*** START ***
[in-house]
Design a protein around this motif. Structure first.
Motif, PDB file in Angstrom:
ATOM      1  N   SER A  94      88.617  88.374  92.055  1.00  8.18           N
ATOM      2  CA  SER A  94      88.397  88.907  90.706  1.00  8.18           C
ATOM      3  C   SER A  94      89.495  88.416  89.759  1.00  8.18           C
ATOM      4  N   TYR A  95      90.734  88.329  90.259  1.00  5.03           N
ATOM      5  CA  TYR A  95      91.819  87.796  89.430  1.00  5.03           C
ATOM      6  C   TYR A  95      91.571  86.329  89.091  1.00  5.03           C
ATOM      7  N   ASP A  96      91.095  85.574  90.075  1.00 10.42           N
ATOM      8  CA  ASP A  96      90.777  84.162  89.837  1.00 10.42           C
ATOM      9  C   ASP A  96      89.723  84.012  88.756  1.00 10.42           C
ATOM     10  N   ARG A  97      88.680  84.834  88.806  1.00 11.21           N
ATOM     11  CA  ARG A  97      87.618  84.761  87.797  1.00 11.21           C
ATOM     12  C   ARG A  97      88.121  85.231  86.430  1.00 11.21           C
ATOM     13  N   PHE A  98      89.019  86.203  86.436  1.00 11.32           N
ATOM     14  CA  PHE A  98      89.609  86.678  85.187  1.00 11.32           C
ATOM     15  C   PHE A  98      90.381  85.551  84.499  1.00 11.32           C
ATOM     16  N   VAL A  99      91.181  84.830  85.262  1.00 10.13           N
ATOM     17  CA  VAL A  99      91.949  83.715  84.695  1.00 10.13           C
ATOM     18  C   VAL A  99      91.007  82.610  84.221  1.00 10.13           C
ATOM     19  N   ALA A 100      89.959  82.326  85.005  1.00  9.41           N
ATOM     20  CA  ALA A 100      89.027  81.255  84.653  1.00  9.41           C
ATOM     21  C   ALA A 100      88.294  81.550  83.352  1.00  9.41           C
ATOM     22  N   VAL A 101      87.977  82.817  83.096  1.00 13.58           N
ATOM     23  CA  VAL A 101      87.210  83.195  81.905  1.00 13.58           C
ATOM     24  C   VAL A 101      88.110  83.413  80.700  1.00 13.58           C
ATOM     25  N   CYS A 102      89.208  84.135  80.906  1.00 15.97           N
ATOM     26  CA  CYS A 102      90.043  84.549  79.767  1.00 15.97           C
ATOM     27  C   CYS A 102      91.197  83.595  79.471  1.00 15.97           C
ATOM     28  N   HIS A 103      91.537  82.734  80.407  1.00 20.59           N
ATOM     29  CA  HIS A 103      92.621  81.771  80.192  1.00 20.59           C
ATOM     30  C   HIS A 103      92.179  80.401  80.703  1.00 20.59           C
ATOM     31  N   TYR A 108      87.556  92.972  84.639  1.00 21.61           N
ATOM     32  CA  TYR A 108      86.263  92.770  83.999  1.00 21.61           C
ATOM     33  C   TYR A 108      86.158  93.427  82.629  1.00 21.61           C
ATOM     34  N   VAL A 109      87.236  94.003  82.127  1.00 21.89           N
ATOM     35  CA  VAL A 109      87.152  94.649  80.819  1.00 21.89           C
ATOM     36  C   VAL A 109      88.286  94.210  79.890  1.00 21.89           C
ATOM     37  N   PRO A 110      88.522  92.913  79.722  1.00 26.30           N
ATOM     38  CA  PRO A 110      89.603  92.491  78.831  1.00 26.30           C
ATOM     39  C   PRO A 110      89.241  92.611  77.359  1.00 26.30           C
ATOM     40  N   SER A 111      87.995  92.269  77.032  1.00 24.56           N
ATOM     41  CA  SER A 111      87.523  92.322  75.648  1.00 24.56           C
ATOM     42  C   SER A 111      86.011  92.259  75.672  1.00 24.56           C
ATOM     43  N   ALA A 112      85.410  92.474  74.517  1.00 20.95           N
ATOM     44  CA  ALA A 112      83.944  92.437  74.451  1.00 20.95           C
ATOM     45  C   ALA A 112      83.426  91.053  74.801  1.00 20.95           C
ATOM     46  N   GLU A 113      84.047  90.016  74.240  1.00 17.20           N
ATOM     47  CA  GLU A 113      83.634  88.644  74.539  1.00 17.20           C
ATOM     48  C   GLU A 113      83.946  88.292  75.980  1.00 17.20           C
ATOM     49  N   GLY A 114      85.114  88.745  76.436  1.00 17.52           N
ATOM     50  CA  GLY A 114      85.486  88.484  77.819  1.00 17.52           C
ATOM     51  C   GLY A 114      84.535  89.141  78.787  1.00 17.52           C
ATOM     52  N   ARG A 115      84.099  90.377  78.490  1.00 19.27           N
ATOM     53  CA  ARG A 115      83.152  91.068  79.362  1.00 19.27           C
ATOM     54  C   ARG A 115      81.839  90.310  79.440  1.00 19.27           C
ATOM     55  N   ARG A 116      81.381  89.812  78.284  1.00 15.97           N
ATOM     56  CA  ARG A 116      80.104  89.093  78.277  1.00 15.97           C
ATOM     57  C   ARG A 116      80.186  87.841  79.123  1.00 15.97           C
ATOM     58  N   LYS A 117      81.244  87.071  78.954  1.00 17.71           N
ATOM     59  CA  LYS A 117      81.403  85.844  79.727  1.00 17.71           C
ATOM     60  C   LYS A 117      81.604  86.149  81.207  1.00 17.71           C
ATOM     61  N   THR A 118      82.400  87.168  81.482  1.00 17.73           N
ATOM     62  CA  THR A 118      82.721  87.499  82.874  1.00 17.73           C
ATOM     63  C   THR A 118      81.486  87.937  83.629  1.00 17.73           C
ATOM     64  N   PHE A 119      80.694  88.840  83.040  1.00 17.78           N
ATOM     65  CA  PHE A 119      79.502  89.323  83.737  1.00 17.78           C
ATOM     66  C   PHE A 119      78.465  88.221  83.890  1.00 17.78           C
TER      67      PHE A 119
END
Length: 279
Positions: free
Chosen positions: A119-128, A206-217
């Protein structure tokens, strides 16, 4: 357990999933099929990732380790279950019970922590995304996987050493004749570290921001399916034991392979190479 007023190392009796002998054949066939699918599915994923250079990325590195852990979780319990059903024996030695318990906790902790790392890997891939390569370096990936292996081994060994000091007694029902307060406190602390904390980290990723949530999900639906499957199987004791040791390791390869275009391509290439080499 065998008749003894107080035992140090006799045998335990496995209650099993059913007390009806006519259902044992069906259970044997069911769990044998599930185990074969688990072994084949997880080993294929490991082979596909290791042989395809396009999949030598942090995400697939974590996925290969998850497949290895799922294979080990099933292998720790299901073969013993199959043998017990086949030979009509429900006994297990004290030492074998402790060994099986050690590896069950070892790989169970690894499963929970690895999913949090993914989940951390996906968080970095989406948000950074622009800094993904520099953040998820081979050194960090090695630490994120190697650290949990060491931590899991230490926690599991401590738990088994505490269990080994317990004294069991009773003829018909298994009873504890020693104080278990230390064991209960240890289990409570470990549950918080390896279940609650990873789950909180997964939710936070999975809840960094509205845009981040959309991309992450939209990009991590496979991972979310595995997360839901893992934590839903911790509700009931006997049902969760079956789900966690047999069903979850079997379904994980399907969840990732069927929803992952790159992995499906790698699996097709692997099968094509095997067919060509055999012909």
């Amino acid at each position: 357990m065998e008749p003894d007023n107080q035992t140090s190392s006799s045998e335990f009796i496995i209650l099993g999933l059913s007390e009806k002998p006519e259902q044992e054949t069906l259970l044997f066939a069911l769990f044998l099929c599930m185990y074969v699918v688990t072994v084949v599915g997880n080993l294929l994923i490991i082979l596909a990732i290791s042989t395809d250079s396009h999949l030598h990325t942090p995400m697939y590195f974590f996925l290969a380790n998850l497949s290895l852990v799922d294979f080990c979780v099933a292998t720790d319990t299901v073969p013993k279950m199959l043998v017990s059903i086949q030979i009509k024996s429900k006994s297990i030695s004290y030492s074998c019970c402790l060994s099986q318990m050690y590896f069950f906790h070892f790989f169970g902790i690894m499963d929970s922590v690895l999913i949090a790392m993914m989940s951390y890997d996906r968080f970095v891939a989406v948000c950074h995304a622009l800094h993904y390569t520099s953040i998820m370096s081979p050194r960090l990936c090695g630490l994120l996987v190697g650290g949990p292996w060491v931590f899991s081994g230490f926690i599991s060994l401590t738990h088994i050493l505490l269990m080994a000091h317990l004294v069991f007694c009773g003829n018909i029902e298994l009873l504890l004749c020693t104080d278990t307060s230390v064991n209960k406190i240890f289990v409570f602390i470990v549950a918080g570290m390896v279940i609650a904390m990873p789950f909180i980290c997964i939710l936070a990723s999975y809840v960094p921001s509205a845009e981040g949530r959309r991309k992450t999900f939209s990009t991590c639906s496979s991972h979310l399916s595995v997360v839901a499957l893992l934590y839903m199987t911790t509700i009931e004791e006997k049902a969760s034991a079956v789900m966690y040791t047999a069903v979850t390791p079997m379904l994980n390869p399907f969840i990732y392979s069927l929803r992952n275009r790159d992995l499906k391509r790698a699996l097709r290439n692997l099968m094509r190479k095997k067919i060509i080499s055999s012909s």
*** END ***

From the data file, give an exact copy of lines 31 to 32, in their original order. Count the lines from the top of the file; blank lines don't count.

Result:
ATOM     28  N   HIS A 103      91.537  82.734  80.407  1.00 20.59           N
ATOM     29  CA  HIS A 103      92.621  81.771  80.192  1.00 20.59           C